The findings of the study, conducted by Dr Kenneth Odero and Liina Shangheta of the Namibian-German Institute for Logistics (NGIL), were presented at a recently held seminar.
The increasing frequency of natural disasters such as drought, fires and flooding nationwide, prompted the Institute to look for ways in which institutions of higher learning can contribute to ensure that the country’s level of preparedness is improved. The researchers believe that academics have the time and mandate to articulate, codify and transfer knowledge that can be widely applied and contribute to a better and more sustainable world.
The NGIL has, therefore, initiated the process of developing a programme on Humanitarian Logistics after consulting widely with stakeholders. The survey was conducted to gauge opinions and views on Namibia’s humanitarian logistics challenges and training needs.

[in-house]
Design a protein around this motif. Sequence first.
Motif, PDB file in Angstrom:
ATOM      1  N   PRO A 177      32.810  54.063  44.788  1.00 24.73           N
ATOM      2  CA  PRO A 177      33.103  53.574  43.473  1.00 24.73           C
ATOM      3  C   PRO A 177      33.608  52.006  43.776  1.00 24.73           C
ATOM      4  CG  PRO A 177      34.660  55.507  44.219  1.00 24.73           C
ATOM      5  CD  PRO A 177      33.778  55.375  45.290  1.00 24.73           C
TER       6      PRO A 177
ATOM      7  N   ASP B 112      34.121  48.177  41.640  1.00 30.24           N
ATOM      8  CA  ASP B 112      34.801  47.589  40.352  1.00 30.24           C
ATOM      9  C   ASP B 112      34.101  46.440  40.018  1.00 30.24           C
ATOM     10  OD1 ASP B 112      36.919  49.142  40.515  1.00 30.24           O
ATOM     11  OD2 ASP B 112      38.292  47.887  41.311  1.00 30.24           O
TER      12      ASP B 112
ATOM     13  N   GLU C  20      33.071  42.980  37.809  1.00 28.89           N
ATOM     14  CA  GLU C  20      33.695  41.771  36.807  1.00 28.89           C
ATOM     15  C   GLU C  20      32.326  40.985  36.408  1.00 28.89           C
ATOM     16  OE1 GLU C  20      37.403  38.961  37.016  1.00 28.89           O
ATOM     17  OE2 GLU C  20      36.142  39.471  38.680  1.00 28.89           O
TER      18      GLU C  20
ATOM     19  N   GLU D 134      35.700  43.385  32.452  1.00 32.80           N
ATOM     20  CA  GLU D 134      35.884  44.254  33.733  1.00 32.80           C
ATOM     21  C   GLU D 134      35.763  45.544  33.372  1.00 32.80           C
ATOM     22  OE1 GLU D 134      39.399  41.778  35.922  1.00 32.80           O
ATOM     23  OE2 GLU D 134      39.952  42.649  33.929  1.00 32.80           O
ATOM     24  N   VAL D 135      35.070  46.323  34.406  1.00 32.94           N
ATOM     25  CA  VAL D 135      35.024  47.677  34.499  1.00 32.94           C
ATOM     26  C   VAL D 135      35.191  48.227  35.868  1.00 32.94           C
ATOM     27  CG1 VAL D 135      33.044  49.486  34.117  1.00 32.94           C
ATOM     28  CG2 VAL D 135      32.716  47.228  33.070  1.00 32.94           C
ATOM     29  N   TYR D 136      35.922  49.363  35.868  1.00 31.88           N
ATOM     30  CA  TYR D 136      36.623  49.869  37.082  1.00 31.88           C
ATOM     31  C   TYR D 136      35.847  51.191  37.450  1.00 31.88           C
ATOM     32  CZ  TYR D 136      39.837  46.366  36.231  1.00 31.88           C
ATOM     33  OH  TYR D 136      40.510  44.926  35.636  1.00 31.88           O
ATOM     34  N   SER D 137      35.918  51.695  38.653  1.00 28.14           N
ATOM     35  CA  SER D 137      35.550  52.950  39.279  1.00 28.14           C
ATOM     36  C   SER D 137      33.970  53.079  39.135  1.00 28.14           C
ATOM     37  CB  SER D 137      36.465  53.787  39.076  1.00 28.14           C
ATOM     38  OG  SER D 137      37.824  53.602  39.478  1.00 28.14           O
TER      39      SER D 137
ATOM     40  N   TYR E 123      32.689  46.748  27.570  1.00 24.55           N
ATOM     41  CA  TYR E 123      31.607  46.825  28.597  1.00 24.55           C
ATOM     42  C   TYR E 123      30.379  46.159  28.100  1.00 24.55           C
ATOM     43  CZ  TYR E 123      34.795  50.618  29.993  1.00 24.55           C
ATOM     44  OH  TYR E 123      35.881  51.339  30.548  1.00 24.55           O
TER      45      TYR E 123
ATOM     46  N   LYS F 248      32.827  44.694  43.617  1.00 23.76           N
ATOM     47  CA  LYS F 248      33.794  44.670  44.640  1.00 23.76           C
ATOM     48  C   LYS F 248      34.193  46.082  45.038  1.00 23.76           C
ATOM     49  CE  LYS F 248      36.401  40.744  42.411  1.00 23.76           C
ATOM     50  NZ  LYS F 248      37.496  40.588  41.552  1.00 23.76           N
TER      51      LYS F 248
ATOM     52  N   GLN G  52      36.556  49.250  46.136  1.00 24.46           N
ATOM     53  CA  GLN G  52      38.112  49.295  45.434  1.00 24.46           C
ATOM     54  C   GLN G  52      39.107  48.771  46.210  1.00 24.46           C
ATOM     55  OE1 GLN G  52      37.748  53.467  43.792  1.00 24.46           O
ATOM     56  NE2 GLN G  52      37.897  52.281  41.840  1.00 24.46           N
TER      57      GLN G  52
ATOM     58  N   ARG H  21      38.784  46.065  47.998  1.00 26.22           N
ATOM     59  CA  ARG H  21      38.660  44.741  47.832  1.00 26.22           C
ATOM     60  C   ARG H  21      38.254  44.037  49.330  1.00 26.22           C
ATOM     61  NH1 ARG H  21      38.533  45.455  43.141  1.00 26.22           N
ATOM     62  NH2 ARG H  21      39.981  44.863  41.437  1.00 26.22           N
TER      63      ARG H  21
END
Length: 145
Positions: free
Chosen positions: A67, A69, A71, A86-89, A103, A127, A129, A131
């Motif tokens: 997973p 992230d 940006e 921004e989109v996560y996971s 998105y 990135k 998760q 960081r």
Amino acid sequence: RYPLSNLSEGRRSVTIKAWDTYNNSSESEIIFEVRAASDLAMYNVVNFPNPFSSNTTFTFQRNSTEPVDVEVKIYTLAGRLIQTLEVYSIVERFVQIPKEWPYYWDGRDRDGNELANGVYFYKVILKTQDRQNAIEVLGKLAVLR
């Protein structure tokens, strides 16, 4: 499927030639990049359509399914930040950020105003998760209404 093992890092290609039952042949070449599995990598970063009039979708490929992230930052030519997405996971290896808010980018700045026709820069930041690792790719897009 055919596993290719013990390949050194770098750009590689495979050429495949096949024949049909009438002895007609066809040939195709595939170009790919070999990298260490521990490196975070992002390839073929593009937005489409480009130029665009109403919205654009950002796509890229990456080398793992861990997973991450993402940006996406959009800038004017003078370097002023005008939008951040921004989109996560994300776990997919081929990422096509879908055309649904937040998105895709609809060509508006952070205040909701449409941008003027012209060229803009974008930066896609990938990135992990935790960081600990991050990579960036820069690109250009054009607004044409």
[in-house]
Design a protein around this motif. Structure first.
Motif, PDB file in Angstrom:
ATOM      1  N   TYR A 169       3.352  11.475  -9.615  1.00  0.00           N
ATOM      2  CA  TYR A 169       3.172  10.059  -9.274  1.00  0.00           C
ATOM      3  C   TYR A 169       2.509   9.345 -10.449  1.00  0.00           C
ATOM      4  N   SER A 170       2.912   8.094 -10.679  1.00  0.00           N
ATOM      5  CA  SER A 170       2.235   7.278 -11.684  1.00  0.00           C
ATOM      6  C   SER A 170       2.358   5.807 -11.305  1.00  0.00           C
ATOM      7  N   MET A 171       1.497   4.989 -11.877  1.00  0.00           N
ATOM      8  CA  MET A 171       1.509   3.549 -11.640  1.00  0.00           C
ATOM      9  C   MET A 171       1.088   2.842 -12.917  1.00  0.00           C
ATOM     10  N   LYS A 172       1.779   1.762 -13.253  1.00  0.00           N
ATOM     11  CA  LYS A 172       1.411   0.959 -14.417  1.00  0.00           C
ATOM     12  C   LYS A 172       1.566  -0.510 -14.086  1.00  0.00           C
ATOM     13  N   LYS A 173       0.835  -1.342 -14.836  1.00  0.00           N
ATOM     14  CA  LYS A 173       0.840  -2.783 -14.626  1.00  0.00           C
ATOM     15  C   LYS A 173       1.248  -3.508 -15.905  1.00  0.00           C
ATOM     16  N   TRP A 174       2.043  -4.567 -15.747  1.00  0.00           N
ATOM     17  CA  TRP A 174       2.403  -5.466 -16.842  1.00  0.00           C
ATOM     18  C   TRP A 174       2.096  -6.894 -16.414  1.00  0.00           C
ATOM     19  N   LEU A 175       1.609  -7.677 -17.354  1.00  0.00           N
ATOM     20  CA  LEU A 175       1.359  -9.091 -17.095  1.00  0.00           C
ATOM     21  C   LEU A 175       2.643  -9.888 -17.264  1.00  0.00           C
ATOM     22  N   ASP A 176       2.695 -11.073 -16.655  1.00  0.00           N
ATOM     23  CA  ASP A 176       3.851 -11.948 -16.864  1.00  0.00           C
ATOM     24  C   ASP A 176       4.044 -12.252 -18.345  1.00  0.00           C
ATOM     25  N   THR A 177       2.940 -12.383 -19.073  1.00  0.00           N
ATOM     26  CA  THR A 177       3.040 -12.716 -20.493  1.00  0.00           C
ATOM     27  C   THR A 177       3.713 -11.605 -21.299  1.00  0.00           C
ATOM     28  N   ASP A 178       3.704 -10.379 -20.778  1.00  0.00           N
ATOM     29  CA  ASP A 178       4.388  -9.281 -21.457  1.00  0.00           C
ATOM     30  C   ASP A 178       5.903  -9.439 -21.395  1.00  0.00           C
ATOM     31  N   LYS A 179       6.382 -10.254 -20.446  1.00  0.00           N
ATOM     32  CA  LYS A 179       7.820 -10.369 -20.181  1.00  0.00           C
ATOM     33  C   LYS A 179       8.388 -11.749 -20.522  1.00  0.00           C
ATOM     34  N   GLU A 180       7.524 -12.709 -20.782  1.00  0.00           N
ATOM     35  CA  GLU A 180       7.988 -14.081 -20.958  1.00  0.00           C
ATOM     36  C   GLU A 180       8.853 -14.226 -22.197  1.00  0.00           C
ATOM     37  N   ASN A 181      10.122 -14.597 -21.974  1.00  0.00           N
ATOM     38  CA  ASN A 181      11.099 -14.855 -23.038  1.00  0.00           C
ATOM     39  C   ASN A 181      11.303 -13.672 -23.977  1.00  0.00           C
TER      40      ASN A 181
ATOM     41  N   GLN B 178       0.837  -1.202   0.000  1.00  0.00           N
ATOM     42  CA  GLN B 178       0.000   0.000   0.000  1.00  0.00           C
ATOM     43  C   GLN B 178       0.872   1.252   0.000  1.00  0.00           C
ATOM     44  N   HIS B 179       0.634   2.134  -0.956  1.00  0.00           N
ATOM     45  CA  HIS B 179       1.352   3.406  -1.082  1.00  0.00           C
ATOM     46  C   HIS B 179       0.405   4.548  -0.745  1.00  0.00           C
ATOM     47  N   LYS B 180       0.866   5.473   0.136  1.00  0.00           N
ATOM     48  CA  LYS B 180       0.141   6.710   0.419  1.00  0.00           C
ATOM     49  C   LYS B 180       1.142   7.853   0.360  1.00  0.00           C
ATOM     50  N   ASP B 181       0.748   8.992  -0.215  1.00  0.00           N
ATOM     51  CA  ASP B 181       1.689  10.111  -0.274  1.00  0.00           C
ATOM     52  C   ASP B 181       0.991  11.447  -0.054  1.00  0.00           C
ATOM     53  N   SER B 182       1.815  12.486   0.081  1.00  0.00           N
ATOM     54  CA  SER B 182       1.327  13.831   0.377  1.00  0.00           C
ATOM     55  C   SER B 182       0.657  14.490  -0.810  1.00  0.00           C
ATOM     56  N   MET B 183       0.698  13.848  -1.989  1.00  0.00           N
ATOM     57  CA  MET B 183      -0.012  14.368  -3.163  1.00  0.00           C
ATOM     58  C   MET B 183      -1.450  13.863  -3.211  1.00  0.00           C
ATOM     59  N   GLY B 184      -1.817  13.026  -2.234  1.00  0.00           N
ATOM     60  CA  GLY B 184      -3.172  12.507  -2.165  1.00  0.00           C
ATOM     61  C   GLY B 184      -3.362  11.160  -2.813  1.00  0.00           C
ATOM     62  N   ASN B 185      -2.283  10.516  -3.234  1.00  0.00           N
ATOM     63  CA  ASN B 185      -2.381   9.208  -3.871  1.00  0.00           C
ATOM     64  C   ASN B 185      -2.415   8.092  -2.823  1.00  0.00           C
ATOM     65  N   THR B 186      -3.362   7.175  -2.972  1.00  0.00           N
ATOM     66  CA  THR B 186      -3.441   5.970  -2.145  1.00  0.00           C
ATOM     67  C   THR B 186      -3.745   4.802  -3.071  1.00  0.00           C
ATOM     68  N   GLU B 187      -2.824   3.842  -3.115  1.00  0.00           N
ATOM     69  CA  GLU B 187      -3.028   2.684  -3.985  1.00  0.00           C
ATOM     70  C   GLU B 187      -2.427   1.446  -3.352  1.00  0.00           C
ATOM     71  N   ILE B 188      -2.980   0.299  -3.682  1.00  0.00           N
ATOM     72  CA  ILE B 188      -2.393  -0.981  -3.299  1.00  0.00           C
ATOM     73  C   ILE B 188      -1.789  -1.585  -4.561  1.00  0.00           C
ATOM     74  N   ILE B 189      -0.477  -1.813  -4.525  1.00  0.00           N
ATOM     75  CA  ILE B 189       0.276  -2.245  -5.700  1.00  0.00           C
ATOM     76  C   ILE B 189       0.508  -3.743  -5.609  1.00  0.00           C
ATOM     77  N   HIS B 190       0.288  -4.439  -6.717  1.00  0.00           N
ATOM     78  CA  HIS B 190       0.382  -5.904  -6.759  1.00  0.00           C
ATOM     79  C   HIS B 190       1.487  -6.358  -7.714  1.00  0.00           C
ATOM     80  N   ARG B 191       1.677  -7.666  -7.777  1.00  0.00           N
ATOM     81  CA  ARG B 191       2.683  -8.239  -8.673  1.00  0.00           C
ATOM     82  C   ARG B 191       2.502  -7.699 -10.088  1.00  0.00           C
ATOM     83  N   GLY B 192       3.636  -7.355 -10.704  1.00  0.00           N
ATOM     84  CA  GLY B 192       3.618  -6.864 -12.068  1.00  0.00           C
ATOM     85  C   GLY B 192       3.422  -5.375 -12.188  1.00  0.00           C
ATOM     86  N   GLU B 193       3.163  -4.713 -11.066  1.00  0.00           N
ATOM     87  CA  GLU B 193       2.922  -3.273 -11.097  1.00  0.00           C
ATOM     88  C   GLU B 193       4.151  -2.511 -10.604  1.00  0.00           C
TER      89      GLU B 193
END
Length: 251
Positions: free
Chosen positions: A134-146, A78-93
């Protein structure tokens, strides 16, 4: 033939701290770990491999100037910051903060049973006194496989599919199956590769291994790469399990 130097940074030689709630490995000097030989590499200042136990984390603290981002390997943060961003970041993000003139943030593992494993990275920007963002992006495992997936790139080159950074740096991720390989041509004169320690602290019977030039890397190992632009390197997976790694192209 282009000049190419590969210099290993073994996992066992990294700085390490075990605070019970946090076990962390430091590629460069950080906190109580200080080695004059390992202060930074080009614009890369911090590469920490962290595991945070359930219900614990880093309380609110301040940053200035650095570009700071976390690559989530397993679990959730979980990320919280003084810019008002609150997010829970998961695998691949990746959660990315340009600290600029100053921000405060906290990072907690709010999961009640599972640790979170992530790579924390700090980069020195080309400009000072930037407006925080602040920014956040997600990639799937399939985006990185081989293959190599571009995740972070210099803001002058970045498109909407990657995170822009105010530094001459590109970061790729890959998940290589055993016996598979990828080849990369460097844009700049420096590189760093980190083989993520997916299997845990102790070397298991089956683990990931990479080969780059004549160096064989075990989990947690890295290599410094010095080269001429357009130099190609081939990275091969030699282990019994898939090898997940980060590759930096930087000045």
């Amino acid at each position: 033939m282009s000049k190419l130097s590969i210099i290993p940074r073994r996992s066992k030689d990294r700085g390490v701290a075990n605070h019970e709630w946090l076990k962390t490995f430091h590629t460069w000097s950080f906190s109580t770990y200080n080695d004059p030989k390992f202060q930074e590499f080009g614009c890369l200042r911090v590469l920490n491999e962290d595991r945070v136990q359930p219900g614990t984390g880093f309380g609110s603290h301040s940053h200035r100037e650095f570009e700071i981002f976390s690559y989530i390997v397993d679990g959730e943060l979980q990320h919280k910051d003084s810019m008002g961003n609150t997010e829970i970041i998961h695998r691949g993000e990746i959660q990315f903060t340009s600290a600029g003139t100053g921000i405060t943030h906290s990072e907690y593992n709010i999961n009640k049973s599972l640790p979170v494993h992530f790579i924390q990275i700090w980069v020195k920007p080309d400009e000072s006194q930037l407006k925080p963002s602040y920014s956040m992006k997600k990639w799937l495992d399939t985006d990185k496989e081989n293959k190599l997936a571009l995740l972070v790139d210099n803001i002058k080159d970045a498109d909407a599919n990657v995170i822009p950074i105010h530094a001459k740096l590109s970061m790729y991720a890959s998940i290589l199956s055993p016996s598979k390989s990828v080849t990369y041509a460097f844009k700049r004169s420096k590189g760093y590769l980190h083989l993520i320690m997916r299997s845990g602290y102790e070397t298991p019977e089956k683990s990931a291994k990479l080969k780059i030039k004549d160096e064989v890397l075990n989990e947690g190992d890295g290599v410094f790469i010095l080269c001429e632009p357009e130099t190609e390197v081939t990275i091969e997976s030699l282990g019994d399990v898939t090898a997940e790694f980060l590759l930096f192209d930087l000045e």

The study was conducted from May to June 2016 to solicit views of stakeholders directly or indirectly involved in humanitarian operations. The findings will be used to assist in developing the content and the curriculum of the programme. Graduates of this programme will be well-equipped to pursue careers in the fields of humanitarian and development work, such as health in emergencies, logistics, and water and sanitation.
Some of the stakeholders consulted during the survey included staff of the Ministry of Education responsible for the school feeding programme, the Office of the Prime Minister: Directorate of Disaster Risk Management, the Windhoek Fire Brigade, and the Namibia Red Cross Society.
The new programme initiated by the NGIL is in line with the objectives of World Humanitarian Day which is annually commemorated on 19 August and brings to the fore the need for action to alleviate the suffering of disaster victims.